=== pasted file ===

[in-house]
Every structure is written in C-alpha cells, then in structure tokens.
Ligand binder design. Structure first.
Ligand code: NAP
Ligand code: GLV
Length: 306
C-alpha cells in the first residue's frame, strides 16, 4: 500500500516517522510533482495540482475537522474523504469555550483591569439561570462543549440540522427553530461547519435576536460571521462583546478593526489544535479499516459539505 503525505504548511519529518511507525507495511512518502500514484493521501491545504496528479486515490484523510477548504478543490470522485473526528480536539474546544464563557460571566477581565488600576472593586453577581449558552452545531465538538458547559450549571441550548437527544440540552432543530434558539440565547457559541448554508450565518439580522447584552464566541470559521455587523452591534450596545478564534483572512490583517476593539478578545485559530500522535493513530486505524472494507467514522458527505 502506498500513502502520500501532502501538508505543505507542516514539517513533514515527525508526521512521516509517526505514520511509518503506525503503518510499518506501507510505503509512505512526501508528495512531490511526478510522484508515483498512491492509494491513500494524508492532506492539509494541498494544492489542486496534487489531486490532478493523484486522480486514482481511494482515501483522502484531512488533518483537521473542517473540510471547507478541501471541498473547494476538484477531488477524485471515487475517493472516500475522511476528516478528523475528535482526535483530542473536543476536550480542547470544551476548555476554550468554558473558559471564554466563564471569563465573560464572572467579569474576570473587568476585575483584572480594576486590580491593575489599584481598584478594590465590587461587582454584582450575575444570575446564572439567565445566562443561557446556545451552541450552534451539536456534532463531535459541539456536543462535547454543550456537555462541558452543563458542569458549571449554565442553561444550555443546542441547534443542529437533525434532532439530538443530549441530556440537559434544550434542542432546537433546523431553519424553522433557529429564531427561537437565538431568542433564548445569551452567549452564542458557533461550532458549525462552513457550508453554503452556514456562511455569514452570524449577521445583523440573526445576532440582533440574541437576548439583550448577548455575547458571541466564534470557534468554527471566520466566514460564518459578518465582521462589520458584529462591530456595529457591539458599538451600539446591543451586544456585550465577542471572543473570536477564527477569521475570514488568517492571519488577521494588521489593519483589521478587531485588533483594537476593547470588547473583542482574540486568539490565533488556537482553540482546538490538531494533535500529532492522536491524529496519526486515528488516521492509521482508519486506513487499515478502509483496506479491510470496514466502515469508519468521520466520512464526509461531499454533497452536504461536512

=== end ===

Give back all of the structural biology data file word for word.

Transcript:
[in-house]
Every structure is written in C-alpha cells, then in structure tokens.
Ligand binder design. Structure first.
Ligand code: NAP
Ligand code: GLV
Length: 306
C-alpha cells in the first residue's frame, strides 16, 4: 500500500516517522510533482495540482475537522474523504469555550483591569439561570462543549440540522427553530461547519435576536460571521462583546478593526489544535479499516459539505 503525505504548511519529518511507525507495511512518502500514484493521501491545504496528479486515490484523510477548504478543490470522485473526528480536539474546544464563557460571566477581565488600576472593586453577581449558552452545531465538538458547559450549571441550548437527544440540552432543530434558539440565547457559541448554508450565518439580522447584552464566541470559521455587523452591534450596545478564534483572512490583517476593539478578545485559530500522535493513530486505524472494507467514522458527505 502506498500513502502520500501532502501538508505543505507542516514539517513533514515527525508526521512521516509517526505514520511509518503506525503503518510499518506501507510505503509512505512526501508528495512531490511526478510522484508515483498512491492509494491513500494524508492532506492539509494541498494544492489542486496534487489531486490532478493523484486522480486514482481511494482515501483522502484531512488533518483537521473542517473540510471547507478541501471541498473547494476538484477531488477524485471515487475517493472516500475522511476528516478528523475528535482526535483530542473536543476536550480542547470544551476548555476554550468554558473558559471564554466563564471569563465573560464572572467579569474576570473587568476585575483584572480594576486590580491593575489599584481598584478594590465590587461587582454584582450575575444570575446564572439567565445566562443561557446556545451552541450552534451539536456534532463531535459541539456536543462535547454543550456537555462541558452543563458542569458549571449554565442553561444550555443546542441547534443542529437533525434532532439530538443530549441530556440537559434544550434542542432546537433546523431553519424553522433557529429564531427561537437565538431568542433564548445569551452567549452564542458557533461550532458549525462552513457550508453554503452556514456562511455569514452570524449577521445583523440573526445576532440582533440574541437576548439583550448577548455575547458571541466564534470557534468554527471566520466566514460564518459578518465582521462589520458584529462591530456595529457591539458599538451600539446591543451586544456585550465577542471572543473570536477564527477569521475570514488568517492571519488577521494588521489593519483589521478587531485588533483594537476593547470588547473583542482574540486568539490565533488556537482553540482546538490538531494533535500529532492522536491524529496519526486515528488516521492509521482508519486506513487499515478502509483496506479491510470496514466502515469508519468521520466520512464526509461531499454533497452536504461536512